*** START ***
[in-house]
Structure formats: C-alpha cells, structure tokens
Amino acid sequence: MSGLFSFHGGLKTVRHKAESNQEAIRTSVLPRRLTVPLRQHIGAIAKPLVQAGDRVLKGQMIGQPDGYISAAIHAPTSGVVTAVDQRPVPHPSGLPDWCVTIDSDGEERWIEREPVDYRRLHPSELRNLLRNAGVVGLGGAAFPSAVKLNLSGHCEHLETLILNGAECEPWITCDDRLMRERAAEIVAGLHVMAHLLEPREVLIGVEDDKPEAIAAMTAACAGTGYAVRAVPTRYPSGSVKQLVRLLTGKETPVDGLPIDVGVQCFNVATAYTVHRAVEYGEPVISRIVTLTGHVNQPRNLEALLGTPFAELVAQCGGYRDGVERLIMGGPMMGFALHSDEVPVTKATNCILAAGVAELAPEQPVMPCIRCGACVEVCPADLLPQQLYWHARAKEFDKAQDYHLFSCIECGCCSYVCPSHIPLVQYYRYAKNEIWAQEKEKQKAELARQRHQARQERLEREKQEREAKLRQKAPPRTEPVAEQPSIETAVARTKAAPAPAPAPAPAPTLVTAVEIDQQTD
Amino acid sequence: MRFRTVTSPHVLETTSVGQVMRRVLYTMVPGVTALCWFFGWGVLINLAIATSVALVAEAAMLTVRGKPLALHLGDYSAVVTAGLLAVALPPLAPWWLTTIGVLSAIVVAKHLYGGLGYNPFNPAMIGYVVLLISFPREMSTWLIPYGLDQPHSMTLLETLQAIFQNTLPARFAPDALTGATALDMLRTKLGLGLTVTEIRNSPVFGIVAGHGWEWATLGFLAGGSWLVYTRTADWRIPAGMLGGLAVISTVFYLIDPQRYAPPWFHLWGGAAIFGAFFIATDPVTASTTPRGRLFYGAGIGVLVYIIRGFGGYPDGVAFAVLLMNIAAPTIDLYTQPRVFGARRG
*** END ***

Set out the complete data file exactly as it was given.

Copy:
[in-house]
Structure formats: C-alpha cells, structure tokens
Amino acid sequence: MSGLFSFHGGLKTVRHKAESNQEAIRTSVLPRRLTVPLRQHIGAIAKPLVQAGDRVLKGQMIGQPDGYISAAIHAPTSGVVTAVDQRPVPHPSGLPDWCVTIDSDGEERWIEREPVDYRRLHPSELRNLLRNAGVVGLGGAAFPSAVKLNLSGHCEHLETLILNGAECEPWITCDDRLMRERAAEIVAGLHVMAHLLEPREVLIGVEDDKPEAIAAMTAACAGTGYAVRAVPTRYPSGSVKQLVRLLTGKETPVDGLPIDVGVQCFNVATAYTVHRAVEYGEPVISRIVTLTGHVNQPRNLEALLGTPFAELVAQCGGYRDGVERLIMGGPMMGFALHSDEVPVTKATNCILAAGVAELAPEQPVMPCIRCGACVEVCPADLLPQQLYWHARAKEFDKAQDYHLFSCIECGCCSYVCPSHIPLVQYYRYAKNEIWAQEKEKQKAELARQRHQARQERLEREKQEREAKLRQKAPPRTEPVAEQPSIETAVARTKAAPAPAPAPAPAPTLVTAVEIDQQTD
Amino acid sequence: MRFRTVTSPHVLETTSVGQVMRRVLYTMVPGVTALCWFFGWGVLINLAIATSVALVAEAAMLTVRGKPLALHLGDYSAVVTAGLLAVALPPLAPWWLTTIGVLSAIVVAKHLYGGLGYNPFNPAMIGYVVLLISFPREMSTWLIPYGLDQPHSMTLLETLQAIFQNTLPARFAPDALTGATALDMLRTKLGLGLTVTEIRNSPVFGIVAGHGWEWATLGFLAGGSWLVYTRTADWRIPAGMLGGLAVISTVFYLIDPQRYAPPWFHLWGGAAIFGAFFIATDPVTASTTPRGRLFYGAGIGVLVYIIRGFGGYPDGVAFAVLLMNIAAPTIDLYTQPRVFGARRG